Yesterday's post about Outlook for Android generated a lot of discussion about that app's shortcomings. Here are some alternatives to consider.
While I've often touted Microsoft Outlook for Android (and iPhone), it's fair to say that this mobile app, while great, has a few troubling limitations. The good news? They're working on it.
While Apple's iPhone is popular in certain countries, Android owns a near monopoly in the smartphone market. And it's the go-to mobile choice for the Windows Guy.
One of the nice things about Android is that it behaves like Windows when it comes to choosing default apps. This means that you can always use the web browser or other apps you prefer, even if your handset maker or wireless carrier has configured the phone to use other apps.
Part of the appeal of Android to Windows users, I think, is that Android offers the same freedoms as Windows, and works similarly. But Android can be quirky and non-obvious too. Case in point: What happens when you connect an Android phone to your Windows PC via a USB cable.
While most readers know that Microsoft makes a ton of great Android apps, you probably don't know that it also provides a way to keep up-to-date on its Android app innovations.
Those who adopt Android as their smart phone platform will need to deal with Google and its apps to some degree. But even if you're not a fan of the search giant, there are some Google apps for Android that you should embrace.
One of the tough things about moving from Windows phone to Android is that you lose access to the useful and fun live tiles that made Microsoft's devices so wonderful. But Android does have an alternative that, while not perfect, can help you retain some of that "at-a-glance" functionality you may be missing.
Windows users moving to Android face an interesting dilemma when picking a new smart phone. Because most Android handsets are rarely if ever updated in any meaningful way, you'll want to choose wisely.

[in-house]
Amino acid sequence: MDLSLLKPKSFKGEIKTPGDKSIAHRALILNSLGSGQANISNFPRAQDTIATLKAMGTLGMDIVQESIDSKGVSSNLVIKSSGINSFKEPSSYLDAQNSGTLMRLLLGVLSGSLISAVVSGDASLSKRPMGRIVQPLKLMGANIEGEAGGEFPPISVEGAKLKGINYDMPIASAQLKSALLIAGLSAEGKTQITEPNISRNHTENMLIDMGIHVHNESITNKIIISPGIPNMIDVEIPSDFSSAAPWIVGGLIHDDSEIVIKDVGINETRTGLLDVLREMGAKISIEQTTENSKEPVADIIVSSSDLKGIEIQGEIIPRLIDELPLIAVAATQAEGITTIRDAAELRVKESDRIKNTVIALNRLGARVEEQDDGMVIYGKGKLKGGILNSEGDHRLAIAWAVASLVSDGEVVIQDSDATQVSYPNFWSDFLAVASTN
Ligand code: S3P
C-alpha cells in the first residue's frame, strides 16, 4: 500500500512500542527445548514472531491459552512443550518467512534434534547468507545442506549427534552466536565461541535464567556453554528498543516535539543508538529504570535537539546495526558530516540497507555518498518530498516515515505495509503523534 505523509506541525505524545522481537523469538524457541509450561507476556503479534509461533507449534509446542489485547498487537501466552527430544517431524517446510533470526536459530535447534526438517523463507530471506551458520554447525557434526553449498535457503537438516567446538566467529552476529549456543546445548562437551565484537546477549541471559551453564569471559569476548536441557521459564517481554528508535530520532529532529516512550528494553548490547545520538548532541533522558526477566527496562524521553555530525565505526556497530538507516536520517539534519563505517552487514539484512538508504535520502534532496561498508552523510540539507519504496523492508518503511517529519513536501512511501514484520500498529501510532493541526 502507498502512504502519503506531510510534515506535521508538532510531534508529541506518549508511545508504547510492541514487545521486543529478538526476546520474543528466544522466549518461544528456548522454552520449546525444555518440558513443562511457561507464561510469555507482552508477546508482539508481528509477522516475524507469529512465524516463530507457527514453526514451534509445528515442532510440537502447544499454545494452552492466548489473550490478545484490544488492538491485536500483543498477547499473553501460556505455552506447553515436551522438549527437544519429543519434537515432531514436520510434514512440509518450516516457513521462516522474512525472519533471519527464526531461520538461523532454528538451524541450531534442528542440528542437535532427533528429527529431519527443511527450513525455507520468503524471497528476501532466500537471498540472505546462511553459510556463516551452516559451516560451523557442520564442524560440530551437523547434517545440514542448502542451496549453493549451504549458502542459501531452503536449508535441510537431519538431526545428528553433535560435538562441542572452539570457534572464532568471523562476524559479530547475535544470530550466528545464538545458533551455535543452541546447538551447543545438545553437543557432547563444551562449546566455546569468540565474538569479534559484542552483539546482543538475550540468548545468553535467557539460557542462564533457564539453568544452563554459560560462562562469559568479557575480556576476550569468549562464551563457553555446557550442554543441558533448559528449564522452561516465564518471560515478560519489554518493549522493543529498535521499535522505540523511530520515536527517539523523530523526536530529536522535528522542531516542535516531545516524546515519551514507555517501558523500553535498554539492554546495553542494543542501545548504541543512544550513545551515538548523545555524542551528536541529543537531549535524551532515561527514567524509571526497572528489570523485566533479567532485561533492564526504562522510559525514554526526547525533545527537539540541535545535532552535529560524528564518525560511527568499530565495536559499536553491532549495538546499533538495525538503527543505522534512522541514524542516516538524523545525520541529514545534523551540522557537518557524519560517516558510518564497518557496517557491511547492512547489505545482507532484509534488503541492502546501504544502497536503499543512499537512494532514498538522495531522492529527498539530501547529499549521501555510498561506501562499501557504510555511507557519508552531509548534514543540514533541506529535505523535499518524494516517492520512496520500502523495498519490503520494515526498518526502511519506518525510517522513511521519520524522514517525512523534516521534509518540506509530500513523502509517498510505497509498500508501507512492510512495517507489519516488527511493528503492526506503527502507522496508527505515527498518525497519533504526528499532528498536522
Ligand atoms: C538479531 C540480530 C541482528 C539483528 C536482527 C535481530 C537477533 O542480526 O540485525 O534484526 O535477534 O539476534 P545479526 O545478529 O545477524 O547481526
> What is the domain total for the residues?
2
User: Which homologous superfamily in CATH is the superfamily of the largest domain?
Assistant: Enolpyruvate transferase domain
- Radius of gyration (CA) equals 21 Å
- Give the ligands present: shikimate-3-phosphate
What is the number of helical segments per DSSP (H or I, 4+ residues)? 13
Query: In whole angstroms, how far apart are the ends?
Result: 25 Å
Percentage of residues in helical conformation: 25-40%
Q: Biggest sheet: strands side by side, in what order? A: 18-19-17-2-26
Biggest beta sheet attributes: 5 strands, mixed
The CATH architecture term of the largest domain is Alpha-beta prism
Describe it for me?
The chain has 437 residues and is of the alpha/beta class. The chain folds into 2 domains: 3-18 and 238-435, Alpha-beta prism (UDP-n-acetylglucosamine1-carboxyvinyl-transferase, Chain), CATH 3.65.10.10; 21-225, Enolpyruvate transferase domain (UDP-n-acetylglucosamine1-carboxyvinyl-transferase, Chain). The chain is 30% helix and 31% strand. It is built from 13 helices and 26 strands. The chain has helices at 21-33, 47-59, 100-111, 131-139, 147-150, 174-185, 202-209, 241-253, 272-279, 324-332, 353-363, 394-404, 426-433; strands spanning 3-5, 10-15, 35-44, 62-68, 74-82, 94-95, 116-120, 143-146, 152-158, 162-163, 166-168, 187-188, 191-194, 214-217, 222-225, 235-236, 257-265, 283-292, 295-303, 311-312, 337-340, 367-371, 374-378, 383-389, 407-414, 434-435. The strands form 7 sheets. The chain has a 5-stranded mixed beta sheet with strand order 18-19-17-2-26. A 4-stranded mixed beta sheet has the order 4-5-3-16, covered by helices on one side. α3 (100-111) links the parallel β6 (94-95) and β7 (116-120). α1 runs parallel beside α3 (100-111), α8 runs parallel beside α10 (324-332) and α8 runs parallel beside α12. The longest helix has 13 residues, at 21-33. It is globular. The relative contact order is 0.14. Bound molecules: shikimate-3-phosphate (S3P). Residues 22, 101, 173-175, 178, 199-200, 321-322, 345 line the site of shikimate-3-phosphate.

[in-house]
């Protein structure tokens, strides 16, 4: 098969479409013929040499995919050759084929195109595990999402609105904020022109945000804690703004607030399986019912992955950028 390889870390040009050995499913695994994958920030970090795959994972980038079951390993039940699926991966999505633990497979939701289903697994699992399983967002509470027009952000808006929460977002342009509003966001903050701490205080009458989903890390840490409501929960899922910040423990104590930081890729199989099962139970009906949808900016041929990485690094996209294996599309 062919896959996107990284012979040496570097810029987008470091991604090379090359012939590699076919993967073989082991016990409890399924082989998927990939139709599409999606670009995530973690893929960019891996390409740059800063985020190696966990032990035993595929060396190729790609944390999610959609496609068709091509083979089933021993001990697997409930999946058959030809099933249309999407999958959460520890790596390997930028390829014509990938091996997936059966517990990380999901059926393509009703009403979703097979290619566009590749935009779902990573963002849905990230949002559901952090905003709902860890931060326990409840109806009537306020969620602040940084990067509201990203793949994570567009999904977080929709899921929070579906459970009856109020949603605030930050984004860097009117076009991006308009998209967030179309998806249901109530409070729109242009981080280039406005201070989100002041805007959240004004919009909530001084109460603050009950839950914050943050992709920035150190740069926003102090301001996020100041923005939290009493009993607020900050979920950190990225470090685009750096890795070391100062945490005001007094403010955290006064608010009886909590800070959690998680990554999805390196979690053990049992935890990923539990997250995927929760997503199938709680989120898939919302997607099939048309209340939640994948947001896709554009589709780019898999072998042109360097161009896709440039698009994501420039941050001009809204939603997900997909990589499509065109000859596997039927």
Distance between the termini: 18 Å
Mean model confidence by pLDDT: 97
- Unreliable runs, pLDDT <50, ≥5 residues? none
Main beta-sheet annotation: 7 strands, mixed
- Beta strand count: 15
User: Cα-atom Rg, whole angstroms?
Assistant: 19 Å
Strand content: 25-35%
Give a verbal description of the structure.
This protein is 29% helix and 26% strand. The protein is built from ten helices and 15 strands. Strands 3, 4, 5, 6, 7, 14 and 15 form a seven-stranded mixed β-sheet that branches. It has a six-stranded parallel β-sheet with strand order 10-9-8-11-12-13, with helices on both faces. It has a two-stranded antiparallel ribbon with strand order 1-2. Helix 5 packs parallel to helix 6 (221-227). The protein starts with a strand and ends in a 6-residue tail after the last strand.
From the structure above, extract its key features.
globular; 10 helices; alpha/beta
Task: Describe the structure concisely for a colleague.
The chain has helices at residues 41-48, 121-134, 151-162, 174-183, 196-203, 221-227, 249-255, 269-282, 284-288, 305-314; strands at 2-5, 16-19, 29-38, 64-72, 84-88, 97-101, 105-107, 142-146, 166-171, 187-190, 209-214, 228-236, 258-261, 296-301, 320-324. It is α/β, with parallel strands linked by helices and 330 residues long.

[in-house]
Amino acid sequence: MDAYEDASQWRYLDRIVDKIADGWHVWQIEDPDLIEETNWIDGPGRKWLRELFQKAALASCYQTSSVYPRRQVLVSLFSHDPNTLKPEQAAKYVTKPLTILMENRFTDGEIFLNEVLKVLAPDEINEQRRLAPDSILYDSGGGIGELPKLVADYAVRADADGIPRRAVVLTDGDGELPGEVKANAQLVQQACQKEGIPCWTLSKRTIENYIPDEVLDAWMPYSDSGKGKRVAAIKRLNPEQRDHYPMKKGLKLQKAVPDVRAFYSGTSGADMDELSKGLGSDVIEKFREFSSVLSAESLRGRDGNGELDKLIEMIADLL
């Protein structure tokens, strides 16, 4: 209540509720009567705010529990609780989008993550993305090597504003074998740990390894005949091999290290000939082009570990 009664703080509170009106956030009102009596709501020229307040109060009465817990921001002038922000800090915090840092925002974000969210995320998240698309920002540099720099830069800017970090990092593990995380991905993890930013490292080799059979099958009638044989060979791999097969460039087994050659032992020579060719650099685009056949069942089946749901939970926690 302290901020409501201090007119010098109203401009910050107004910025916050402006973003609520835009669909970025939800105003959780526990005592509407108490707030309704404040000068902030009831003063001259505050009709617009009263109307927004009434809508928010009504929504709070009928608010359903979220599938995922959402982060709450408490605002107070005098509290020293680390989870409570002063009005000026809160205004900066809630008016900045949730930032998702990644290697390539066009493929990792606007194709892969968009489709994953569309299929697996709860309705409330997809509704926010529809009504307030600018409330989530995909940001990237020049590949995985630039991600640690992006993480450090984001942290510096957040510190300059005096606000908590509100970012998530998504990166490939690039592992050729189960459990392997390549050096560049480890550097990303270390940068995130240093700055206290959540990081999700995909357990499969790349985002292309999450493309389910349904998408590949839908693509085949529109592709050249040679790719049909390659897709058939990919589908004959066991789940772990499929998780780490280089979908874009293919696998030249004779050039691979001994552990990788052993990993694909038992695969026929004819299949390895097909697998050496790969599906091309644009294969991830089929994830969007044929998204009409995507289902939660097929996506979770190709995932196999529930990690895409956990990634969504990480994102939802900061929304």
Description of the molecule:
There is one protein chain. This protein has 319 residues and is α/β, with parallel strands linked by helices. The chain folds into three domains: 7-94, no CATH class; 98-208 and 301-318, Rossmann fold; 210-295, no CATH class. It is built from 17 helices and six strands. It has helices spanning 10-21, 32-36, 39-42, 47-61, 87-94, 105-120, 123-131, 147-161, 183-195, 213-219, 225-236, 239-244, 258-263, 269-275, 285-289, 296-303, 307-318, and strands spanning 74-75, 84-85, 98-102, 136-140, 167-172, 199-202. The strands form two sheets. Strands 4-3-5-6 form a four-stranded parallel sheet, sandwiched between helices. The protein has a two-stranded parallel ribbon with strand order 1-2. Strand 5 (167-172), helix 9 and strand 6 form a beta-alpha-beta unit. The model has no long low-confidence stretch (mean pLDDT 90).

You've adopted an Android smart phone, but your contacts, email, and calendaring information are tied up in your Outlook.com or Office 365 account. No worries, you can access it all from Android.
Adopting Android as your smart phone platform doesn't mean you need to leave Microsoft behind. So this new series will step through the process of getting up and running with your Microsoft-based data and apps on Android.
For the past year or so, I've been wrestling with how to advise Windows users who are disappointed in the failure of Windows phone and wish to choose between Android and iPhone. This week, that choice became much clearer.
In October 2017, I spoke with Microsoft’s Jeff Burtoft and Aaron Gustafson about the company’s plans to bring PWAs to Windows 10.
I’m confused that anyone was surprised by Apple’s admission this past week that its latest iPhones aren’t selling as well as expected.
Google controls the dominant personal computing platform. So why isn't Android Wear even remotely successful?
Android has some major problems. And they are familiar to anyone who has used Windows PCs over the years.
I've long recommended that Microsoft should release its own Android handsets. But you don't need to wait for that.
It's an epic tale of highs and lows, of Project Fi support dropping the ball, and of me finally figuring it all out for myself.
This week's Microsoft Paint drama was fun, but it's only a small example of what's wrong with Windows. We need a better plan.
You've been able to configure Cortana as the default assistant in Android for quite some time, but the option is hard to find.
There's been a lot of hand-wringing in the Microsoft fan base thanks to a recent report about Android usage outstripping that of Windows. Guys, relax. This transition was inevitable.
Earlier this month, Microsoft updated Cortana for Android so that it would work in a read-only mode above the lock screen. Now, you can interact with Cortana above the lock screen.